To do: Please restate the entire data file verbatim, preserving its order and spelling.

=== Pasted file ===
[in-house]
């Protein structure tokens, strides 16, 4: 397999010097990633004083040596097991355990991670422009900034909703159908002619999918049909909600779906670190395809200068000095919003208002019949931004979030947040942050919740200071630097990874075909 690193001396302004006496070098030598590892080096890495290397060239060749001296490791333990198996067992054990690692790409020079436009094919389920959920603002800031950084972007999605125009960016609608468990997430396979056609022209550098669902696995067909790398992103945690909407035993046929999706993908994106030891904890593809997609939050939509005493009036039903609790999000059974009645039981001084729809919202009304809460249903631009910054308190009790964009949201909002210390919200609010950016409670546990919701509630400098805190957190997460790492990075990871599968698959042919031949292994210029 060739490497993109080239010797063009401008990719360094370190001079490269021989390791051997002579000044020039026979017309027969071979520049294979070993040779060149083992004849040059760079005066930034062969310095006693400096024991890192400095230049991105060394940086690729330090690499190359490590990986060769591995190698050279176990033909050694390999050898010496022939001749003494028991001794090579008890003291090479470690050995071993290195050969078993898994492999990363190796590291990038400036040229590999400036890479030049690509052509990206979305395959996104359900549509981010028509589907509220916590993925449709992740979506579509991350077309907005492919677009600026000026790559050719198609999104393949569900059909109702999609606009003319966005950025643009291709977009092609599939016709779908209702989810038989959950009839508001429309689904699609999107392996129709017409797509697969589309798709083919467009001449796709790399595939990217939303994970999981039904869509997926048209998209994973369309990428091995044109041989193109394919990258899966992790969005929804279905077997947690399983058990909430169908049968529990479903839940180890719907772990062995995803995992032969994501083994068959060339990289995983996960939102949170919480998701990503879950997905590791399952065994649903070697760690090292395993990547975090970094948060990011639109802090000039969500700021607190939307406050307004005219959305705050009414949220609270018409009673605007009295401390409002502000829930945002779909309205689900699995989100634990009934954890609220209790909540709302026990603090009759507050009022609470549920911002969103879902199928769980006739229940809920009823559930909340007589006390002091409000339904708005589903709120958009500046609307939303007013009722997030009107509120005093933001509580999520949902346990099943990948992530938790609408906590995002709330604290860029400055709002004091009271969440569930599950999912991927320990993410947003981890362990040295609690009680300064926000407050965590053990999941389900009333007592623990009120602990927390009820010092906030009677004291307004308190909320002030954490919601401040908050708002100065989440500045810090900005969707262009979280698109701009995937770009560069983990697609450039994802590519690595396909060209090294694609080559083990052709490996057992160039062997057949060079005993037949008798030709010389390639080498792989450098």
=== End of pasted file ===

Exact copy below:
[in-house]
């Protein structure tokens, strides 16, 4: 397999010097990633004083040596097991355990991670422009900034909703159908002619999918049909909600779906670190395809200068000095919003208002019949931004979030947040942050919740200071630097990874075909 690193001396302004006496070098030598590892080096890495290397060239060749001296490791333990198996067992054990690692790409020079436009094919389920959920603002800031950084972007999605125009960016609608468990997430396979056609022209550098669902696995067909790398992103945690909407035993046929999706993908994106030891904890593809997609939050939509005493009036039903609790999000059974009645039981001084729809919202009304809460249903631009910054308190009790964009949201909002210390919200609010950016409670546990919701509630400098805190957190997460790492990075990871599968698959042919031949292994210029 060739490497993109080239010797063009401008990719360094370190001079490269021989390791051997002579000044020039026979017309027969071979520049294979070993040779060149083992004849040059760079005066930034062969310095006693400096024991890192400095230049991105060394940086690729330090690499190359490590990986060769591995190698050279176990033909050694390999050898010496022939001749003494028991001794090579008890003291090479470690050995071993290195050969078993898994492999990363190796590291990038400036040229590999400036890479030049690509052509990206979305395959996104359900549509981010028509589907509220916590993925449709992740979506579509991350077309907005492919677009600026000026790559050719198609999104393949569900059909109702999609606009003319966005950025643009291709977009092609599939016709779908209702989810038989959950009839508001429309689904699609999107392996129709017409797509697969589309798709083919467009001449796709790399595939990217939303994970999981039904869509997926048209998209994973369309990428091995044109041989193109394919990258899966992790969005929804279905077997947690399983058990909430169908049968529990479903839940180890719907772990062995995803995992032969994501083994068959060339990289995983996960939102949170919480998701990503879950997905590791399952065994649903070697760690090292395993990547975090970094948060990011639109802090000039969500700021607190939307406050307004005219959305705050009414949220609270018409009673605007009295401390409002502000829930945002779909309205689900699995989100634990009934954890609220209790909540709302026990603090009759507050009022609470549920911002969103879902199928769980006739229940809920009823559930909340007589006390002091409000339904708005589903709120958009500046609307939303007013009722997030009107509120005093933001509580999520949902346990099943990948992530938790609408906590995002709330604290860029400055709002004091009271969440569930599950999912991927320990993410947003981890362990040295609690009680300064926000407050965590053990999941389900009333007592623990009120602990927390009820010092906030009677004291307004308190909320002030954490919601401040908050708002100065989440500045810090900005969707262009979280698109701009995937770009560069983990697609450039994802590519690595396909060209090294694609080559083990052709490996057992160039062997057949060079005993037949008798030709010389390639080498792989450098």